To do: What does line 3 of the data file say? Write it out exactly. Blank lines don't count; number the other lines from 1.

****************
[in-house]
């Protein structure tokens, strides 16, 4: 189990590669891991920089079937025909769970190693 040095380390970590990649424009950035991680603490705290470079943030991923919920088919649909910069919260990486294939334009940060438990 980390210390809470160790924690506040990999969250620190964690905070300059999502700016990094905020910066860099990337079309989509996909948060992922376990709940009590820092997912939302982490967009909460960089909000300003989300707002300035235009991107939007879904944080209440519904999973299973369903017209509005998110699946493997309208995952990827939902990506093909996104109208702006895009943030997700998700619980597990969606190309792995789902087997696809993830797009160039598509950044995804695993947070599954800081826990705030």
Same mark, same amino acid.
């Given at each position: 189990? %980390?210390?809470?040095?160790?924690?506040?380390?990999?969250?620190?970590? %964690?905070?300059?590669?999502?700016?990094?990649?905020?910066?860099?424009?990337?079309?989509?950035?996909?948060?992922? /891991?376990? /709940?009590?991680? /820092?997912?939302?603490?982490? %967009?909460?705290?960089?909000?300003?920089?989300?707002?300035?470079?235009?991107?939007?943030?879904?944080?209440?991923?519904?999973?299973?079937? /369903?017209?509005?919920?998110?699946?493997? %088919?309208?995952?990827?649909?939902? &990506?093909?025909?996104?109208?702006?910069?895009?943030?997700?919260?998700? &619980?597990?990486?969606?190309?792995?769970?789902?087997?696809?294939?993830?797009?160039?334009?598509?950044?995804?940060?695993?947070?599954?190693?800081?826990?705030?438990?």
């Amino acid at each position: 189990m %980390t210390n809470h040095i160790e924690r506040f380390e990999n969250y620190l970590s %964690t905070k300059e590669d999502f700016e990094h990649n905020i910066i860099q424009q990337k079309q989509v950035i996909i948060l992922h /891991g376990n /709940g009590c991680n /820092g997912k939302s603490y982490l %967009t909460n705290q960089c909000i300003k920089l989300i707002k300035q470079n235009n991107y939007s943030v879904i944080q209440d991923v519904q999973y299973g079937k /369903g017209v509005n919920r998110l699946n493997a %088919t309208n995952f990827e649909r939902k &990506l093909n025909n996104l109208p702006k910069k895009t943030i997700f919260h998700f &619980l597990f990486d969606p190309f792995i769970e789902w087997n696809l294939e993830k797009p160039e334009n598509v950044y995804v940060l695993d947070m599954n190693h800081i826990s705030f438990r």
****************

Same mark, same amino acid.